One more high-profile detainee under the Jammu & Kashmir Public Safety Act has been released. Once again, the government at the Centre has given no reason why former Chief Minister Omar Abdullah had to be detained eight months ago, and later booked under a law deployed against dangerous criminals, or why it has decided to release him now. Nor will it say why only he and his father, Lok Sabha MP Farooq Abdullah, have been released, and not the others detained under this law, among them another former chief minister, Mehbooba Mufti.
The apparent brazenness with which the government arrested the entire political leadership of J&K under preventive sections on August 5 last year, and then used the PSA, with its draconian provisions, to extend their detention, does not bode well in a constitutional democracy. Some senior leaders in the BJP have offered the facetious explanation that the people of J&K were happy that their political leaders had been jailed. Others justified the arrests in the name of the “security situation”. Even though it is clear that such authoritarian actions can pave the way for a greater erosion of the fundamental freedoms guaranteed by the Constitution, by and large, these justifications have not been challenged adequately or vigorously. It is even more egregious that the courts became mere onlookers to these decisions.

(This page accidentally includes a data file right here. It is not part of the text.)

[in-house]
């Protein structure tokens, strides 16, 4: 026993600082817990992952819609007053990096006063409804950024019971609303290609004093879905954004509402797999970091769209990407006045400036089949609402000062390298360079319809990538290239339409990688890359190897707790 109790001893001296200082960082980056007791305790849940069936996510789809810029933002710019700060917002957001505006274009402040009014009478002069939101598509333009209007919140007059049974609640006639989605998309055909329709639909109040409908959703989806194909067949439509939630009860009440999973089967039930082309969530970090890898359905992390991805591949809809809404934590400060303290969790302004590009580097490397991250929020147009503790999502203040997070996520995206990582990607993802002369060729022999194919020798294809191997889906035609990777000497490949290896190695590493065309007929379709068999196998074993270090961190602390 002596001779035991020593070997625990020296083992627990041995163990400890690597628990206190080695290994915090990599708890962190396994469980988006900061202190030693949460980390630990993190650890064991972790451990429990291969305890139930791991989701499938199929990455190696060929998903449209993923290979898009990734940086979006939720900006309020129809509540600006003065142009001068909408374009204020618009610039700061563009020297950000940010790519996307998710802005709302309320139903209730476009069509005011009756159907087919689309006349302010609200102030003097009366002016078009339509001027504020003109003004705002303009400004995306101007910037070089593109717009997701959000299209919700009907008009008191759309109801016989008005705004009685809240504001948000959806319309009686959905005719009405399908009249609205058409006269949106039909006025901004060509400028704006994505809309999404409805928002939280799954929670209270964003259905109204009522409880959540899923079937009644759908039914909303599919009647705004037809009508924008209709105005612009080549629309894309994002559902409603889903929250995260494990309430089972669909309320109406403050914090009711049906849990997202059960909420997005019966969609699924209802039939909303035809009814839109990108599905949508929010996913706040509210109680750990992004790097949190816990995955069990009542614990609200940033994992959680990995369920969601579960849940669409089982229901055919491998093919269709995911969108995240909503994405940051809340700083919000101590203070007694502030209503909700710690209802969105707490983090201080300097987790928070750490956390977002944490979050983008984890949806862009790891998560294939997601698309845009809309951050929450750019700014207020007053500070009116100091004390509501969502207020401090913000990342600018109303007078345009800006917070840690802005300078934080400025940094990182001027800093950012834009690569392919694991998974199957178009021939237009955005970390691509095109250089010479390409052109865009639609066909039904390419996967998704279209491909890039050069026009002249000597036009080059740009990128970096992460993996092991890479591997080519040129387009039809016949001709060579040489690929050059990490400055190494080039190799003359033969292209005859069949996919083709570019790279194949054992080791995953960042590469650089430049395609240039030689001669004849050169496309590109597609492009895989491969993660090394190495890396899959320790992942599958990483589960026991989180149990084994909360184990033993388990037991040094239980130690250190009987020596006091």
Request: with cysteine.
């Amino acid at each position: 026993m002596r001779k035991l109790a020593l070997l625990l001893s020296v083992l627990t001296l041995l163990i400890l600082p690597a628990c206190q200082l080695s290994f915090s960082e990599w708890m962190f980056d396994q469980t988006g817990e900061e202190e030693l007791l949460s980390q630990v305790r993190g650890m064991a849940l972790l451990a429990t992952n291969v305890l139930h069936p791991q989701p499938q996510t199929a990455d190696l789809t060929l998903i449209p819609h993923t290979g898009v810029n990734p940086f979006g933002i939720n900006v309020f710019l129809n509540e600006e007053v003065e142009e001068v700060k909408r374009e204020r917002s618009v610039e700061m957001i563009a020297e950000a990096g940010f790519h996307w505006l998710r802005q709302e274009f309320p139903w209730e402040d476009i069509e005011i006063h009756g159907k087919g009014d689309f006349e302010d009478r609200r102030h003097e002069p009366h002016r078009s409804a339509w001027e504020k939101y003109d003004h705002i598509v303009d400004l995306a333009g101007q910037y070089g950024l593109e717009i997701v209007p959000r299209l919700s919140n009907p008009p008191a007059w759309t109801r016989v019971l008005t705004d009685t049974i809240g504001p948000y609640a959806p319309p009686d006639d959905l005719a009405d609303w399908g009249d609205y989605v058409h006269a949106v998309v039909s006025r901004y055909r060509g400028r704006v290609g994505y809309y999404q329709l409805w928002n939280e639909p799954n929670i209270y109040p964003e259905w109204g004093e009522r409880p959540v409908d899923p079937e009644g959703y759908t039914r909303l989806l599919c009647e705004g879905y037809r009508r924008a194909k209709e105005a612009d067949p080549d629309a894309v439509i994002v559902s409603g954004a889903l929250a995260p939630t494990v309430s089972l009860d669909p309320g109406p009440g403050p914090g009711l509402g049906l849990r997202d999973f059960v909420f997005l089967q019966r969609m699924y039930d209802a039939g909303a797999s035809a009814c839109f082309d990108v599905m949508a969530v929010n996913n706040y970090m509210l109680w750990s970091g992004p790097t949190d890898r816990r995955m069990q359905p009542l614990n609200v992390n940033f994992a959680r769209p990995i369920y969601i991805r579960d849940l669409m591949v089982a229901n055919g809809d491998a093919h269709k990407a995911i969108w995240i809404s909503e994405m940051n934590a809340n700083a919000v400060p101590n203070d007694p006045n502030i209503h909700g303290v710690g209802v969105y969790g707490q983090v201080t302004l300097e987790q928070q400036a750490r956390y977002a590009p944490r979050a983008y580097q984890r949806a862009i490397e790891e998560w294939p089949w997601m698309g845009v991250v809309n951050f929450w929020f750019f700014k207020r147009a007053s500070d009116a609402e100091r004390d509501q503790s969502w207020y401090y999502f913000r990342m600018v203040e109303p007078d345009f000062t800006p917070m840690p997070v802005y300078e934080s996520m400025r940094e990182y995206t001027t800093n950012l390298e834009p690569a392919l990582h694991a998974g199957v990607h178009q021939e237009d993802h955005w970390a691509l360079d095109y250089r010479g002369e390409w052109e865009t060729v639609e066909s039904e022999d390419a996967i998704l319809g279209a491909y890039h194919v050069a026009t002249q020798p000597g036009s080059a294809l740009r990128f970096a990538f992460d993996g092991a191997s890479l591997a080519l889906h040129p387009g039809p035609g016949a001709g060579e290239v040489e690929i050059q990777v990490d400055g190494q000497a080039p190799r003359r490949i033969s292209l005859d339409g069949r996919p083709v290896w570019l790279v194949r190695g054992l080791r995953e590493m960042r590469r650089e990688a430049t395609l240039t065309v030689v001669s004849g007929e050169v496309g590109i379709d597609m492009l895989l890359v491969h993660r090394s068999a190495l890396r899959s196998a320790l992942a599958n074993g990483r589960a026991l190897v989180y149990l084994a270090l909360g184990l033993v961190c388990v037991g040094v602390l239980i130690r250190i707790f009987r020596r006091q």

At this time when India is battling a dangerous infectious disease and faces a situation like no other in its 73-year history, Kashmir has the misfortune of being doubly anxious. The disease has not spared J&K. There have been 11 confirmed cases so far. Meanwhile, hundreds of Kashmiris detained last year, on the day the government stripped the state of its special status and divided it into two Union Territories, remain imprisoned in J&K and in jails in other states. For the government to continue their detention during this terrible time is a double atrocity on them and their families. Further, while the rest of the country can freely access information on COVID-19 from across the world, J&K still does not have full-fledged access to the internet to enable people to understand this disease from a multiplicity of sources. Its doctors are struggling with low speed access to the net. The government must immediately release the remaining prisoners, wherever they are jailed, and restore full speed internet without delay.
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